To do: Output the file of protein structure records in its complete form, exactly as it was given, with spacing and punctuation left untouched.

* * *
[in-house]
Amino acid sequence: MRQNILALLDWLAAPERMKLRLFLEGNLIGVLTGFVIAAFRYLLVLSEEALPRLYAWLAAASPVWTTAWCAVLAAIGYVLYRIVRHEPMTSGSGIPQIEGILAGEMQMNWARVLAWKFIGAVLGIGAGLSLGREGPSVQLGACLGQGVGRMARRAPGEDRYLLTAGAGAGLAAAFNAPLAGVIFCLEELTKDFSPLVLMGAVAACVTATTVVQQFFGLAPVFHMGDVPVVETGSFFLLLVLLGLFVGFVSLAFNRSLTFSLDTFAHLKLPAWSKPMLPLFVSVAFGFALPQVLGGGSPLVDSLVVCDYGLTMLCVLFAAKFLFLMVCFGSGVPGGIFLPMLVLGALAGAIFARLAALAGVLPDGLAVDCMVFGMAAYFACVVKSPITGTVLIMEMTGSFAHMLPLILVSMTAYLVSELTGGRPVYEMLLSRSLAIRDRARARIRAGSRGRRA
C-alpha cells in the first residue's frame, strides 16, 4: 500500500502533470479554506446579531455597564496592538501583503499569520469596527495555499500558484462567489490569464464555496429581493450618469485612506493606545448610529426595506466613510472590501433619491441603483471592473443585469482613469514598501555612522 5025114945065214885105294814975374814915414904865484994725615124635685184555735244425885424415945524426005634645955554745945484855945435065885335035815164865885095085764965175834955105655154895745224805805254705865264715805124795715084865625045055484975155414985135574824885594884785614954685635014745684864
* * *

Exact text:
[in-house]
Amino acid sequence: MRQNILALLDWLAAPERMKLRLFLEGNLIGVLTGFVIAAFRYLLVLSEEALPRLYAWLAAASPVWTTAWCAVLAAIGYVLYRIVRHEPMTSGSGIPQIEGILAGEMQMNWARVLAWKFIGAVLGIGAGLSLGREGPSVQLGACLGQGVGRMARRAPGEDRYLLTAGAGAGLAAAFNAPLAGVIFCLEELTKDFSPLVLMGAVAACVTATTVVQQFFGLAPVFHMGDVPVVETGSFFLLLVLLGLFVGFVSLAFNRSLTFSLDTFAHLKLPAWSKPMLPLFVSVAFGFALPQVLGGGSPLVDSLVVCDYGLTMLCVLFAAKFLFLMVCFGSGVPGGIFLPMLVLGALAGAIFARLAALAGVLPDGLAVDCMVFGMAAYFACVVKSPITGTVLIMEMTGSFAHMLPLILVSMTAYLVSELTGGRPVYEMLLSRSLAIRDRARARIRAGSRGRRA
C-alpha cells in the first residue's frame, strides 16, 4: 500500500502533470479554506446579531455597564496592538501583503499569520469596527495555499500558484462567489490569464464555496429581493450618469485612506493606545448610529426595506466613510472590501433619491441603483471592473443585469482613469514598501555612522 5025114945065214885105294814975374814915414904865484994725615124635685184555735244425885424415945524426005634645955554745945484855945435065885335035815164865885095085764965175834955105655154895745224805805254705865264715805124795715084865625045055484975155414985135574824885594884785614954685635014745684864